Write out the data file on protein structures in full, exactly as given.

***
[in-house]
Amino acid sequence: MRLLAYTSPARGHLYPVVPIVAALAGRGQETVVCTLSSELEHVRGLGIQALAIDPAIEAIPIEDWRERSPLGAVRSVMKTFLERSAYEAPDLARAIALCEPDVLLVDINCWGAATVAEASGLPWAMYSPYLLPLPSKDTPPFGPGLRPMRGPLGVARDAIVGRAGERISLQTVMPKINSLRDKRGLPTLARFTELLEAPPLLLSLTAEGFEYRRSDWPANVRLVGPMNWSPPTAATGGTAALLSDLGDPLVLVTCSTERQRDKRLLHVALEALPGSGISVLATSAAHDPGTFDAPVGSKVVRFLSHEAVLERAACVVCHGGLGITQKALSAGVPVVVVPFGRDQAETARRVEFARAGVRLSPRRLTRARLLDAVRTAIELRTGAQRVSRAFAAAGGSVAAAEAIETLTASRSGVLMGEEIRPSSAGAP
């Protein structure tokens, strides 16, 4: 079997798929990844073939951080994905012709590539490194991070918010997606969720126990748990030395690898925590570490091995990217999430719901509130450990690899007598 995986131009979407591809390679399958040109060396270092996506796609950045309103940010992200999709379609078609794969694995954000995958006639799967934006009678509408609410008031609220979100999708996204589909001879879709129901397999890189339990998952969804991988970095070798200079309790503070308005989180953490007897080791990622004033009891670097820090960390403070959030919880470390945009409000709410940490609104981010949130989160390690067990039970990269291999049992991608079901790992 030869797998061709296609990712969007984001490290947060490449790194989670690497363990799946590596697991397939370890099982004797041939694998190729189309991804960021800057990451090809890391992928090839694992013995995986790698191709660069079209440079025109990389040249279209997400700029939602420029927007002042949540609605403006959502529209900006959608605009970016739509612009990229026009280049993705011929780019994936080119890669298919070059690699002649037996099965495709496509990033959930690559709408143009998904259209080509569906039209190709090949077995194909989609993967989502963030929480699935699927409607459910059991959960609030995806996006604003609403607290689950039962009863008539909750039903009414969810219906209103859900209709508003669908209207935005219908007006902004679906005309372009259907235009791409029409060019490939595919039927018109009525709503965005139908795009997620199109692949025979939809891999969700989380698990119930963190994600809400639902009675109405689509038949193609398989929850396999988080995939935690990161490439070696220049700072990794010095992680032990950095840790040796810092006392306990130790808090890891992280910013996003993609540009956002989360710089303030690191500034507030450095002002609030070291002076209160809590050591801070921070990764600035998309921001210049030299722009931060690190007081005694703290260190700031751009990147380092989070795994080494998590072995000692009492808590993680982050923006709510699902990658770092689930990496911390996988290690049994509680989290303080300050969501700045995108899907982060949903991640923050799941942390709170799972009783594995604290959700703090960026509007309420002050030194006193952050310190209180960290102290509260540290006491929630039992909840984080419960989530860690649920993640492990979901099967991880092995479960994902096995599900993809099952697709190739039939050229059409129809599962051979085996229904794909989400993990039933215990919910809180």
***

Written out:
[in-house]
Amino acid sequence: MRLLAYTSPARGHLYPVVPIVAALAGRGQETVVCTLSSELEHVRGLGIQALAIDPAIEAIPIEDWRERSPLGAVRSVMKTFLERSAYEAPDLARAIALCEPDVLLVDINCWGAATVAEASGLPWAMYSPYLLPLPSKDTPPFGPGLRPMRGPLGVARDAIVGRAGERISLQTVMPKINSLRDKRGLPTLARFTELLEAPPLLLSLTAEGFEYRRSDWPANVRLVGPMNWSPPTAATGGTAALLSDLGDPLVLVTCSTERQRDKRLLHVALEALPGSGISVLATSAAHDPGTFDAPVGSKVVRFLSHEAVLERAACVVCHGGLGITQKALSAGVPVVVVPFGRDQAETARRVEFARAGVRLSPRRLTRARLLDAVRTAIELRTGAQRVSRAFAAAGGSVAAAEAIETLTASRSGVLMGEEIRPSSAGAP
């Protein structure tokens, strides 16, 4: 079997798929990844073939951080994905012709590539490194991070918010997606969720126990748990030395690898925590570490091995990217999430719901509130450990690899007598 995986131009979407591809390679399958040109060396270092996506796609950045309103940010992200999709379609078609794969694995954000995958006639799967934006009678509408609410008031609220979100999708996204589909001879879709129901397999890189339990998952969804991988970095070798200079309790503070308005989180953490007897080791990622004033009891670097820090960390403070959030919880470390945009409000709410940490609104981010949130989160390690067990039970990269291999049992991608079901790992 030869797998061709296609990712969007984001490290947060490449790194989670690497363990799946590596697991397939370890099982004797041939694998190729189309991804960021800057990451090809890391992928090839694992013995995986790698191709660069079209440079025109990389040249279209997400700029939602420029927007002042949540609605403006959502529209900006959608605009970016739509612009990229026009280049993705011929780019994936080119890669298919070059690699002649037996099965495709496509990033959930690559709408143009998904259209080509569906039209190709090949077995194909989609993967989502963030929480699935699927409607459910059991959960609030995806996006604003609403607290689950039962009863008539909750039903009414969810219906209103859900209709508003669908209207935005219908007006902004679906005309372009259907235009791409029409060019490939595919039927018109009525709503965005139908795009997620199109692949025979939809891999969700989380698990119930963190994600809400639902009675109405689509038949193609398989929850396999988080995939935690990161490439070696220049700072990794010095992680032990950095840790040796810092006392306990130790808090890891992280910013996003993609540009956002989360710089303030690191500034507030450095002002609030070291002076209160809590050591801070921070990764600035998309921001210049030299722009931060690190007081005694703290260190700031751009990147380092989070795994080494998590072995000692009492808590993680982050923006709510699902990658770092689930990496911390996988290690049994509680989290303080300050969501700045995108899907982060949903991640923050799941942390709170799972009783594995604290959700703090960026509007309420002050030194006193952050310190209180960290102290509260540290006491929630039992909840984080419960989530860690649920993640492990979901099967991880092995479960994902096995599900993809099952697709190739039939050229059409129809599962051979085996229904794909989400993990039933215990919910809180």